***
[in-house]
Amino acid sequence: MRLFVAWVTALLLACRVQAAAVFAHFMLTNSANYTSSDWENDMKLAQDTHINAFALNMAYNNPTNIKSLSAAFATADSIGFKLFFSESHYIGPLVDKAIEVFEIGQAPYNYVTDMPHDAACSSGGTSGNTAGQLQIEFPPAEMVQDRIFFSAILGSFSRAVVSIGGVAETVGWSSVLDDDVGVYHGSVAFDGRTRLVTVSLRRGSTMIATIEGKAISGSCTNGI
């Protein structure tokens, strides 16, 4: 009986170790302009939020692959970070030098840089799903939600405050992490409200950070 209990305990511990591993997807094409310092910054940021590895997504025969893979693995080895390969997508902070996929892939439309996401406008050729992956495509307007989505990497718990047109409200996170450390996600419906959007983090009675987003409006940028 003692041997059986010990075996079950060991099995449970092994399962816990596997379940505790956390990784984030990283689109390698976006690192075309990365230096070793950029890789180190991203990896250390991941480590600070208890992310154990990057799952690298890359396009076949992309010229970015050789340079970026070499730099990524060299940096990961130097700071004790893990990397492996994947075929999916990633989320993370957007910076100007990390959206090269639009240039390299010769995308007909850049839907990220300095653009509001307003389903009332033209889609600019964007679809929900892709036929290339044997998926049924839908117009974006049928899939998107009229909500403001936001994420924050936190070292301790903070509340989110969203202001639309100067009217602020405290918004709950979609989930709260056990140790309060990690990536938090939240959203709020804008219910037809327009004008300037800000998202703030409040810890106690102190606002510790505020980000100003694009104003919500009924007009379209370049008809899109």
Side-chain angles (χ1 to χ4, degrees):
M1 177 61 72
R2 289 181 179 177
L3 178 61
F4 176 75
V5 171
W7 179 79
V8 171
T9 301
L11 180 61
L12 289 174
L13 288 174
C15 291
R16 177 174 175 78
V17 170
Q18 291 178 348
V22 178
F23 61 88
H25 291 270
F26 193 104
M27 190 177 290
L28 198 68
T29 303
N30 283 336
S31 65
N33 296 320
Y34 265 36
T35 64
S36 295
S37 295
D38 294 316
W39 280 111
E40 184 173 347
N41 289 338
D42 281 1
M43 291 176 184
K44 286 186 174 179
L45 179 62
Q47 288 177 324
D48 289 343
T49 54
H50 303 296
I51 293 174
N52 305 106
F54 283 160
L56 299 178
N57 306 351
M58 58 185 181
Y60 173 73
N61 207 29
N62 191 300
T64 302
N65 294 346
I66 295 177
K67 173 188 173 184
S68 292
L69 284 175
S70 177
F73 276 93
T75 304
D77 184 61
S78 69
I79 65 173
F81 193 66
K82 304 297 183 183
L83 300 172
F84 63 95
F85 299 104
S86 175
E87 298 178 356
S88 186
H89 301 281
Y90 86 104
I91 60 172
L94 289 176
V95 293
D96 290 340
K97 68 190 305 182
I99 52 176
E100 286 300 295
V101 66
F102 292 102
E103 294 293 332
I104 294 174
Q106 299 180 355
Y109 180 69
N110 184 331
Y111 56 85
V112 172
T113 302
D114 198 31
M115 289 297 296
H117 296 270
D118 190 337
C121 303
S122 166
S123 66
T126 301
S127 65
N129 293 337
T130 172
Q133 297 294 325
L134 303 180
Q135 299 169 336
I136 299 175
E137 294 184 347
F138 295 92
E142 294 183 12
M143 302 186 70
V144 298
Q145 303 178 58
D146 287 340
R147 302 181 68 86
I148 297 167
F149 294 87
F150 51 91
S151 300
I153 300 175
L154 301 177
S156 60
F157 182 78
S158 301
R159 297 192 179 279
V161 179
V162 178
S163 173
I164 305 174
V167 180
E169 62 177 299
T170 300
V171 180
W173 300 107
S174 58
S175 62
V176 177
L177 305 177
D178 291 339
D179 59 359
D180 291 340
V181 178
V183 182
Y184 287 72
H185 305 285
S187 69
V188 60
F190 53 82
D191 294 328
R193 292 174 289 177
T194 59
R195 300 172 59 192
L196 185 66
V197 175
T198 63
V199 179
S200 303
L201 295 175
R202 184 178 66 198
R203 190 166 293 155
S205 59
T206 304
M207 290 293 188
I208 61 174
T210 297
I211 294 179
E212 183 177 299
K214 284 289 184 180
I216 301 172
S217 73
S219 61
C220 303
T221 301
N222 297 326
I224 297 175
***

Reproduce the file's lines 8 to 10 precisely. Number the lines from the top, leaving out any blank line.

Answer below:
F4 176 75
V5 171
W7 179 79